OW: Are there any videos you are particularly proud of and why?

BL: I’m supposed to say I love them all in equal measure, but I guess my favorite is Rachmaninoff’s Second Piano Concerto: “From Misery to Melody.” This isn’t the great love story behind “Brief Encounter” but, rather, Rachmaninoff’s battle with crushing writer’s block and depression. There’s something so prosaic and contemporary about this otherwordly genius needing the love of his therapist to help him complete his masterpiece. The video is suitably poignant and filmic. I also love our latest video, “Carmen:” she’s such a sassy feminist warrior and her video is full of irreverence.

OW: How has your audience embraced the channel and how has that affected your direction with upcoming episodes?

BL: When the channel began, I didn’t really concern myself with audience numbers but the choice of subjects was (and still is) very much led by our viewers’ requests. The COVID lockdown led to a surge in viewership; the channel became populated with everybody from school kids learning virtually to the work from home procrastinators. It’s the comments that keep me going; it is amazing how many suggestions we get and how so many people who are familiar with classical music say they have discovered something new. I am thrilled we have reached three million views for the 21 episodes so far. As to upcoming episodes, we try and cover all bases: we’ve not yet doubled up on any particular composer and try to spread the videos across eras with even attention to opera and symphonic music.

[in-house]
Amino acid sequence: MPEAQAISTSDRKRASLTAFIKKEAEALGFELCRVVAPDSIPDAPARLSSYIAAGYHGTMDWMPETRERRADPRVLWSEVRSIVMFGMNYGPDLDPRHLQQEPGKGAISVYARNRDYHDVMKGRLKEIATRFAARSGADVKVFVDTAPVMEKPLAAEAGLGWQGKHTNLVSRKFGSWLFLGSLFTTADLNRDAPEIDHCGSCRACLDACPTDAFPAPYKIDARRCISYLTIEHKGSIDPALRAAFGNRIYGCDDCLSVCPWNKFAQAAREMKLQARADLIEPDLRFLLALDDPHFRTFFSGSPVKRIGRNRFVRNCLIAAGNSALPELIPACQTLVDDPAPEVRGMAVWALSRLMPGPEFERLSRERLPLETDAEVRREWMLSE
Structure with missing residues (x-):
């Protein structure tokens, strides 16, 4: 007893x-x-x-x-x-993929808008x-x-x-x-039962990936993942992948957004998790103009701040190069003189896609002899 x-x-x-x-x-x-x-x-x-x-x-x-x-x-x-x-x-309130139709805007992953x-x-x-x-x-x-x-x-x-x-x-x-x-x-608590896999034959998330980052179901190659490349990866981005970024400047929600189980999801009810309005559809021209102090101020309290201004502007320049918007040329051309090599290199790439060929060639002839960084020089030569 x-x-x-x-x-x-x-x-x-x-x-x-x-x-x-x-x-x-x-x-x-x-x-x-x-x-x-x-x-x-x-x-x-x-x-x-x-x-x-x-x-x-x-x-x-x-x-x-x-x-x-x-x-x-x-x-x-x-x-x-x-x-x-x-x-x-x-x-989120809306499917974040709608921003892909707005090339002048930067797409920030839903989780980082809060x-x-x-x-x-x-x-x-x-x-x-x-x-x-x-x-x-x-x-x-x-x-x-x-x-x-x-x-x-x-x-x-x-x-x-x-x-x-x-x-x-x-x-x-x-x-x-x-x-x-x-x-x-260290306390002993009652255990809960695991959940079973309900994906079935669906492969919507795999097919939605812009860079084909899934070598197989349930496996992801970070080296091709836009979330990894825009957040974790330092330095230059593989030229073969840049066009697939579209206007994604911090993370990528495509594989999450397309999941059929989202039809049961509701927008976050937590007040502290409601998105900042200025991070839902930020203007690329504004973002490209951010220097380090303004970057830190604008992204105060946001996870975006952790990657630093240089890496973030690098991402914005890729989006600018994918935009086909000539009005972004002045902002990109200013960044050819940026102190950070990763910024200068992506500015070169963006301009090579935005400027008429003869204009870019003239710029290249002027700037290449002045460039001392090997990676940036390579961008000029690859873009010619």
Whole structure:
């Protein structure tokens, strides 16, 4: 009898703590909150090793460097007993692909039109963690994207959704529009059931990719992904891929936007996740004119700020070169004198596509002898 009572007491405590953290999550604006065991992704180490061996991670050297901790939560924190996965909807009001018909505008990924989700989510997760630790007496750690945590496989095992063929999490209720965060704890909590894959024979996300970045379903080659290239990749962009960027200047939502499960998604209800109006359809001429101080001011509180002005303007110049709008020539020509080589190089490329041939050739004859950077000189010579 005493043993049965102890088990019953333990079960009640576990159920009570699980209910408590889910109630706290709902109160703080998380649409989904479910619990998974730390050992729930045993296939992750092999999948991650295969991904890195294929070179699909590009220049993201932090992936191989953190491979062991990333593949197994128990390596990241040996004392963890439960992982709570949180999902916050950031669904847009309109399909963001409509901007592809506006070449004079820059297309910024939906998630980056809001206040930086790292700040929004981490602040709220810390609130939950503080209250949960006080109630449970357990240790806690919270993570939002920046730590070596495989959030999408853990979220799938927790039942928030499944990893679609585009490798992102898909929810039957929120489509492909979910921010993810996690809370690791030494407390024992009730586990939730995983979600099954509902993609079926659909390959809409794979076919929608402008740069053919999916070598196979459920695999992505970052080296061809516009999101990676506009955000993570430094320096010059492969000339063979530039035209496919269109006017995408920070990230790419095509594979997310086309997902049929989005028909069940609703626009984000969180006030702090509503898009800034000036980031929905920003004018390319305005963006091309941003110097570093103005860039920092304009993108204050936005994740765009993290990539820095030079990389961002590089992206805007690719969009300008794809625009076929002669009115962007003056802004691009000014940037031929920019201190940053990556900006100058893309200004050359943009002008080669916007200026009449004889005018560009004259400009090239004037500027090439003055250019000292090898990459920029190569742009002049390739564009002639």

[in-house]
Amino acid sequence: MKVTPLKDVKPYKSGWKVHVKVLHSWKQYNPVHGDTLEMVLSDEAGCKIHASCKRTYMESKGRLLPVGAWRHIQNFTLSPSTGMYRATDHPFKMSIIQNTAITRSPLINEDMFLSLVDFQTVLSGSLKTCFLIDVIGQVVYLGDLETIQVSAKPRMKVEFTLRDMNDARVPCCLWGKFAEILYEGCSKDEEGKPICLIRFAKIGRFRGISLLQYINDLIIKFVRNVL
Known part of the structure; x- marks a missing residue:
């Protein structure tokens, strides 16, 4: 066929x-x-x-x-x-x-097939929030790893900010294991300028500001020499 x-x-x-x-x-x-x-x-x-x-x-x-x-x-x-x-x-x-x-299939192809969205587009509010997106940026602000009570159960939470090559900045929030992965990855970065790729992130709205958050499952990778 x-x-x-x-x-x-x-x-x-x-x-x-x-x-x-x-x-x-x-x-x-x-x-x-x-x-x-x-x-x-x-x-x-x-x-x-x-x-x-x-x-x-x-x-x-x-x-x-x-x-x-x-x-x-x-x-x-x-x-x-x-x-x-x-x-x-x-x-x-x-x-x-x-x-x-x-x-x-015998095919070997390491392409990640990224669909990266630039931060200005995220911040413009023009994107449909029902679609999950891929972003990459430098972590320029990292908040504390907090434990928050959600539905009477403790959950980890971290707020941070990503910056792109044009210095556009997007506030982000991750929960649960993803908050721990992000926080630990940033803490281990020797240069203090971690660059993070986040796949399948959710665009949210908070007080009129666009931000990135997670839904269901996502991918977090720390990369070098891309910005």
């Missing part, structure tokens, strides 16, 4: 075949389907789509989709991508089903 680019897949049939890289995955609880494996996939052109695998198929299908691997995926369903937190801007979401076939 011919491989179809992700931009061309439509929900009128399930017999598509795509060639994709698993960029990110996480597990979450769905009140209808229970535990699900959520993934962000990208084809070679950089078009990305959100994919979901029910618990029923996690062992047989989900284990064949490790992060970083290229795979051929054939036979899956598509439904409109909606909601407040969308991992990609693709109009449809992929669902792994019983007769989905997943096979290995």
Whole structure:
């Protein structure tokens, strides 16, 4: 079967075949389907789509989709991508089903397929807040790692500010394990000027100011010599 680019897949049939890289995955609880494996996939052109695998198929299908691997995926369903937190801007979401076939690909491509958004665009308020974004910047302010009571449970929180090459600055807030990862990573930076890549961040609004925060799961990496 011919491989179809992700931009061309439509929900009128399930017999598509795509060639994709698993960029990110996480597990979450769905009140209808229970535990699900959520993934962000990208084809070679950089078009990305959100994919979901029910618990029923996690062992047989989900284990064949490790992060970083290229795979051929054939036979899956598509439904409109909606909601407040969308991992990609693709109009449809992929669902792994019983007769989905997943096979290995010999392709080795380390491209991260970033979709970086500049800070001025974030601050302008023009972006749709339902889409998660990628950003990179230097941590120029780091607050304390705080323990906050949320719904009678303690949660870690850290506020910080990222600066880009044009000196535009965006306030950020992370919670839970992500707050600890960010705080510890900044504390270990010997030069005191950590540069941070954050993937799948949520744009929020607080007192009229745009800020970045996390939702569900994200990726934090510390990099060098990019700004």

OW: What is your Classic music / opera background? Where did that passion commence?

BL: I play piano and clarinet. I was a relatively serious pianist when at school and thought long and hard about whether I had what it took to become a concert performer. Alas, my passion for art history (my postgrad degree) led to a greater interest in explaining rather than performing; in fact, I curated theatre and performance exhibitions at the V&A, including assisting on the hit show Opera: Passion, Power and Politics. This was a great way to combine these loves. Nowadays, the day job is in the Law, so I’m lucky enough that Classics Explained gets to be my diverting passion.

OW: What are some operas you would like to explore in future episodes? How might those change in approach with what you recently created?

BL: I have always felt that there are quite different audiences for opera and symphonic classical music. The challenge with opera is to find a way not simply to re-hash the well-known stories but bring something new to the table. I’d love to do an off-piste opera of Alban Berg or Bela Bartok but, to be honest, it’s probably going to be Rossini or Verdi: they are just too good to pass up!